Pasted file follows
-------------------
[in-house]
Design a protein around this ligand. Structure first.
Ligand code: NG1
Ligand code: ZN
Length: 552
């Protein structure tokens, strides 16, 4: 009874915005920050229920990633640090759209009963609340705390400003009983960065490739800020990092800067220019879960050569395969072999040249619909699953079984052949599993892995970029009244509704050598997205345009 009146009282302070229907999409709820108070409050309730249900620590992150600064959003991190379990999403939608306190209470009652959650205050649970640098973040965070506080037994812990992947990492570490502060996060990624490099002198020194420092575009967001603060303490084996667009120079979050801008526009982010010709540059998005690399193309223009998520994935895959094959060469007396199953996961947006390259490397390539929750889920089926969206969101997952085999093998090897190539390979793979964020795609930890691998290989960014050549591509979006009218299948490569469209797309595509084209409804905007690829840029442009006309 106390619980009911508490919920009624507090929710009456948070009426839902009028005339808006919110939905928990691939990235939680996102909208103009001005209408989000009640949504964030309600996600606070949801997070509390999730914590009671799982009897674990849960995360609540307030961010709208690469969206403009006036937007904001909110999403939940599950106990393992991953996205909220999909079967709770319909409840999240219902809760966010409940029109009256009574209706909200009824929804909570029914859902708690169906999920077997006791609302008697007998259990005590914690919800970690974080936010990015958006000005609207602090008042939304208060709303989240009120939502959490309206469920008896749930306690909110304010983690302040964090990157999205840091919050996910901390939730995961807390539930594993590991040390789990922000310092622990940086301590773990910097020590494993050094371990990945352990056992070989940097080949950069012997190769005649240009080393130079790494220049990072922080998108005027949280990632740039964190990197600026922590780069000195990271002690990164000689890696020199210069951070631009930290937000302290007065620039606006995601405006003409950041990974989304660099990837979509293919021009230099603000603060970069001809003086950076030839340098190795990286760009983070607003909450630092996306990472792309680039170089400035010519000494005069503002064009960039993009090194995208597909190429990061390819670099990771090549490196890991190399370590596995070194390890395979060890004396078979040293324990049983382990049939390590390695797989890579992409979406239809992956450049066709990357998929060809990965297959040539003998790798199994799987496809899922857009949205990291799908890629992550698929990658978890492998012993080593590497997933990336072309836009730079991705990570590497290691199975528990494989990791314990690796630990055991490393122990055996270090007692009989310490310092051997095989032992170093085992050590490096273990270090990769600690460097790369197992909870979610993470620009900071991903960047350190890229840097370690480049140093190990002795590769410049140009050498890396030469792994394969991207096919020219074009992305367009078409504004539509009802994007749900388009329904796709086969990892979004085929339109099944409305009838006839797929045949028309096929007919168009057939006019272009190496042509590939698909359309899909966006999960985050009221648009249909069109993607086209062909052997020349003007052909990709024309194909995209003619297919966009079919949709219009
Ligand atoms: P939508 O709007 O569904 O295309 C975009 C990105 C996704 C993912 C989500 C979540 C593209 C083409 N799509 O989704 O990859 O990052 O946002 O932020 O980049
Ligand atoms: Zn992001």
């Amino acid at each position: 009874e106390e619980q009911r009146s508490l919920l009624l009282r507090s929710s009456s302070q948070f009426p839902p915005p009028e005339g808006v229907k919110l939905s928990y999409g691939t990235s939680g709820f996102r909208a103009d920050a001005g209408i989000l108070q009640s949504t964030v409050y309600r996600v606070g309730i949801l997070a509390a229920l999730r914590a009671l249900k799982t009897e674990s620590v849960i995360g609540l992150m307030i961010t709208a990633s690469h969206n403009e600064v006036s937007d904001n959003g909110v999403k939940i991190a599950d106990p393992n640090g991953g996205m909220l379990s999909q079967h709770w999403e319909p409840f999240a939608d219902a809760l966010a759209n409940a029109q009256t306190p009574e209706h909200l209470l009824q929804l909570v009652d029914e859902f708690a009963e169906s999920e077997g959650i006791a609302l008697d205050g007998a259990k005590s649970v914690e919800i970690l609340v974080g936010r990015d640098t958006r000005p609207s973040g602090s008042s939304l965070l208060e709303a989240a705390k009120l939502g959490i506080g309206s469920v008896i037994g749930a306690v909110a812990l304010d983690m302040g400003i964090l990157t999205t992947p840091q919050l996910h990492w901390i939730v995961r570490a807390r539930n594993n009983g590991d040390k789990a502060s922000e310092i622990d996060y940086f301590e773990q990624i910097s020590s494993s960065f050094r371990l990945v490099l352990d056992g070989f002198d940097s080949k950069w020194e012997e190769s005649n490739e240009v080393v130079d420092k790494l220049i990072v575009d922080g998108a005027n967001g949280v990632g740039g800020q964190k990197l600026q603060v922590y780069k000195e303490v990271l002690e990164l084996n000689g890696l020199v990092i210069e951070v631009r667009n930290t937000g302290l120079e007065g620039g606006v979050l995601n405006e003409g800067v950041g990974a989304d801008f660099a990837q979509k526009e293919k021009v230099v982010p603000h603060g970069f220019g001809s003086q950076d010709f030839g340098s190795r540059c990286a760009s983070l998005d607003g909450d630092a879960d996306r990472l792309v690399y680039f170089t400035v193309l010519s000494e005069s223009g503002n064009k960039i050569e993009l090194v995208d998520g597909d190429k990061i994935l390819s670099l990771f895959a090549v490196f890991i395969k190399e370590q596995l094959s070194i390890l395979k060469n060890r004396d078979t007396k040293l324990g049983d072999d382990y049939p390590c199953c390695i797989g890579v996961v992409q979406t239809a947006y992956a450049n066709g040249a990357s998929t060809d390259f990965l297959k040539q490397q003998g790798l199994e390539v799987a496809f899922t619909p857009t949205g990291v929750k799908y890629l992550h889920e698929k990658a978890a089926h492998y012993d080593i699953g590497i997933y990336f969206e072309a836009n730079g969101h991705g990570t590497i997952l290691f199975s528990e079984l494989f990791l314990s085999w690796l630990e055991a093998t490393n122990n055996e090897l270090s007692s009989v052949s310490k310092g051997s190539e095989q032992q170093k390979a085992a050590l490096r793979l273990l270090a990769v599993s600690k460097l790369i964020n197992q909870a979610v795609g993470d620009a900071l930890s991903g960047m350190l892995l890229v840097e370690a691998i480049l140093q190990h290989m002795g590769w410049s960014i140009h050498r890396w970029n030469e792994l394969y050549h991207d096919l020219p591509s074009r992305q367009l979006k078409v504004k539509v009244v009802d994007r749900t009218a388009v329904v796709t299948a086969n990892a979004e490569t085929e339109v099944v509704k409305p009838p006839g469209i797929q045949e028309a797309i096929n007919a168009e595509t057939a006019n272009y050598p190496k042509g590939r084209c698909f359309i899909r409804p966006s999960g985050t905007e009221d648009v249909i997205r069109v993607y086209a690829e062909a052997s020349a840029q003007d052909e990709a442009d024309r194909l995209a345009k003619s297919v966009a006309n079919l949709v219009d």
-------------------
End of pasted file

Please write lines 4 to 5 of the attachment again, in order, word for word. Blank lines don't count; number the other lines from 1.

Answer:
Ligand code: ZN
Length: 552